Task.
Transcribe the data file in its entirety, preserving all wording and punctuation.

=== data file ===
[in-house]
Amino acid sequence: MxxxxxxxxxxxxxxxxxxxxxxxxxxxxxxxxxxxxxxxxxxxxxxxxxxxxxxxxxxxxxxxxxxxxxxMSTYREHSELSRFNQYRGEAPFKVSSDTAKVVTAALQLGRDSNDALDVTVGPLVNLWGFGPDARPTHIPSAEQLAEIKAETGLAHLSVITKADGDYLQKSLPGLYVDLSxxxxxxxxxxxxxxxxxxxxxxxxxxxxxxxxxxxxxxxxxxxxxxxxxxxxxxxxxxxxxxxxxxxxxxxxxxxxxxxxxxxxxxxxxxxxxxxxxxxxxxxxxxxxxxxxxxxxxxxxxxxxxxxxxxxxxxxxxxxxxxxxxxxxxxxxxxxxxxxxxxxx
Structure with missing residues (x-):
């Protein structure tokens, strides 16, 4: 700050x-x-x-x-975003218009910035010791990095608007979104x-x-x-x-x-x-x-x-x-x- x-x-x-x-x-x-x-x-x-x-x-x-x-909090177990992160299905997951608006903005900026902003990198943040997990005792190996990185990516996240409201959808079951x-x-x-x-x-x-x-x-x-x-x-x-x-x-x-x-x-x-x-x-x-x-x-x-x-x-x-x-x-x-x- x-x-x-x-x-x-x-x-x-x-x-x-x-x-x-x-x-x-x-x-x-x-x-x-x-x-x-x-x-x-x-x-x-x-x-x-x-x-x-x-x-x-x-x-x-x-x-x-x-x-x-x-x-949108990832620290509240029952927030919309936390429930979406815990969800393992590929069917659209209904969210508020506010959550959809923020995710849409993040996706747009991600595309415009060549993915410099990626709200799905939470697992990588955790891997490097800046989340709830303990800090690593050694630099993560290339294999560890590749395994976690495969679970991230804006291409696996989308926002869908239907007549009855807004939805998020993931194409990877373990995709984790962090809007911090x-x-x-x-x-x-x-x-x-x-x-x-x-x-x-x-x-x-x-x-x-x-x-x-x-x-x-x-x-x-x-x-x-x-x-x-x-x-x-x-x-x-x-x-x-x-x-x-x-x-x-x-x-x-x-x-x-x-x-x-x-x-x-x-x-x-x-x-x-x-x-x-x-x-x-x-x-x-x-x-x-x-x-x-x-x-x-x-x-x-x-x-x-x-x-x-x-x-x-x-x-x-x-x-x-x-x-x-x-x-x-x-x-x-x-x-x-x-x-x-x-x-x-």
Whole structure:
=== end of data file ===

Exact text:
[in-house]
Amino acid sequence: MxxxxxxxxxxxxxxxxxxxxxxxxxxxxxxxxxxxxxxxxxxxxxxxxxxxxxxxxxxxxxxxxxxxxxxMSTYREHSELSRFNQYRGEAPFKVSSDTAKVVTAALQLGRDSNDALDVTVGPLVNLWGFGPDARPTHIPSAEQLAEIKAETGLAHLSVITKADGDYLQKSLPGLYVDLSxxxxxxxxxxxxxxxxxxxxxxxxxxxxxxxxxxxxxxxxxxxxxxxxxxxxxxxxxxxxxxxxxxxxxxxxxxxxxxxxxxxxxxxxxxxxxxxxxxxxxxxxxxxxxxxxxxxxxxxxxxxxxxxxxxxxxxxxxxxxxxxxxxxxxxxxxxxxxxxxxxxx
Structure with missing residues (x-):
């Protein structure tokens, strides 16, 4: 700050x-x-x-x-975003218009910035010791990095608007979104x-x-x-x-x-x-x-x-x-x- x-x-x-x-x-x-x-x-x-x-x-x-x-909090177990992160299905997951608006903005900026902003990198943040997990005792190996990185990516996240409201959808079951x-x-x-x-x-x-x-x-x-x-x-x-x-x-x-x-x-x-x-x-x-x-x-x-x-x-x-x-x-x-x- x-x-x-x-x-x-x-x-x-x-x-x-x-x-x-x-x-x-x-x-x-x-x-x-x-x-x-x-x-x-x-x-x-x-x-x-x-x-x-x-x-x-x-x-x-x-x-x-x-x-x-x-x-949108990832620290509240029952927030919309936390429930979406815990969800393992590929069917659209209904969210508020506010959550959809923020995710849409993040996706747009991600595309415009060549993915410099990626709200799905939470697992990588955790891997490097800046989340709830303990800090690593050694630099993560290339294999560890590749395994976690495969679970991230804006291409696996989308926002869908239907007549009855807004939805998020993931194409990877373990995709984790962090809007911090x-x-x-x-x-x-x-x-x-x-x-x-x-x-x-x-x-x-x-x-x-x-x-x-x-x-x-x-x-x-x-x-x-x-x-x-x-x-x-x-x-x-x-x-x-x-x-x-x-x-x-x-x-x-x-x-x-x-x-x-x-x-x-x-x-x-x-x-x-x-x-x-x-x-x-x-x-x-x-x-x-x-x-x-x-x-x-x-x-x-x-x-x-x-x-x-x-x-x-x-x-x-x-x-x-x-x-x-x-x-x-x-x-x-x-x-x-x-x-x-x-x-x-």
Whole structure: